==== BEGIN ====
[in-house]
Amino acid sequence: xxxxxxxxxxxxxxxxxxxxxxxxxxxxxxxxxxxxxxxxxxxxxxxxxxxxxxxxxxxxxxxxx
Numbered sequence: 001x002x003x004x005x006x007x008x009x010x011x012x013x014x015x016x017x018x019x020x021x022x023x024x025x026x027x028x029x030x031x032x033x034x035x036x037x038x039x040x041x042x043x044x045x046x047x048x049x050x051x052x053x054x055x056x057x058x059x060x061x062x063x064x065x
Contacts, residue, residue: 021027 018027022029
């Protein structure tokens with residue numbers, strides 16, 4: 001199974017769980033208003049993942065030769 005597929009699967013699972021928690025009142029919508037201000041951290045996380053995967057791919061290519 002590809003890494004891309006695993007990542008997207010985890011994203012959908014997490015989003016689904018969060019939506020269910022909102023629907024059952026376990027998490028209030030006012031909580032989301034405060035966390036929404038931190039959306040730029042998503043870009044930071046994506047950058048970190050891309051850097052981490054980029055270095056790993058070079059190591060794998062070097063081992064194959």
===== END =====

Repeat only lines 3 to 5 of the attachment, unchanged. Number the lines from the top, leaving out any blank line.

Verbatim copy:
Numbered sequence: 001x002x003x004x005x006x007x008x009x010x011x012x013x014x015x016x017x018x019x020x021x022x023x024x025x026x027x028x029x030x031x032x033x034x035x036x037x038x039x040x041x042x043x044x045x046x047x048x049x050x051x052x053x054x055x056x057x058x059x060x061x062x063x064x065x
Contacts, residue, residue: 021027 018027022029
């Protein structure tokens with residue numbers, strides 16, 4: 001199974017769980033208003049993942065030769 005597929009699967013699972021928690025009142029919508037201000041951290045996380053995967057791919061290519 002590809003890494004891309006695993007990542008997207010985890011994203012959908014997490015989003016689904018969060019939506020269910022909102023629907024059952026376990027998490028209030030006012031909580032989301034405060035966390036929404038931190039959306040730029042998503043870009044930071046994506047950058048970190050891309051850097052981490054980029055270095056790993058070079059190591060794998062070097063081992064194959």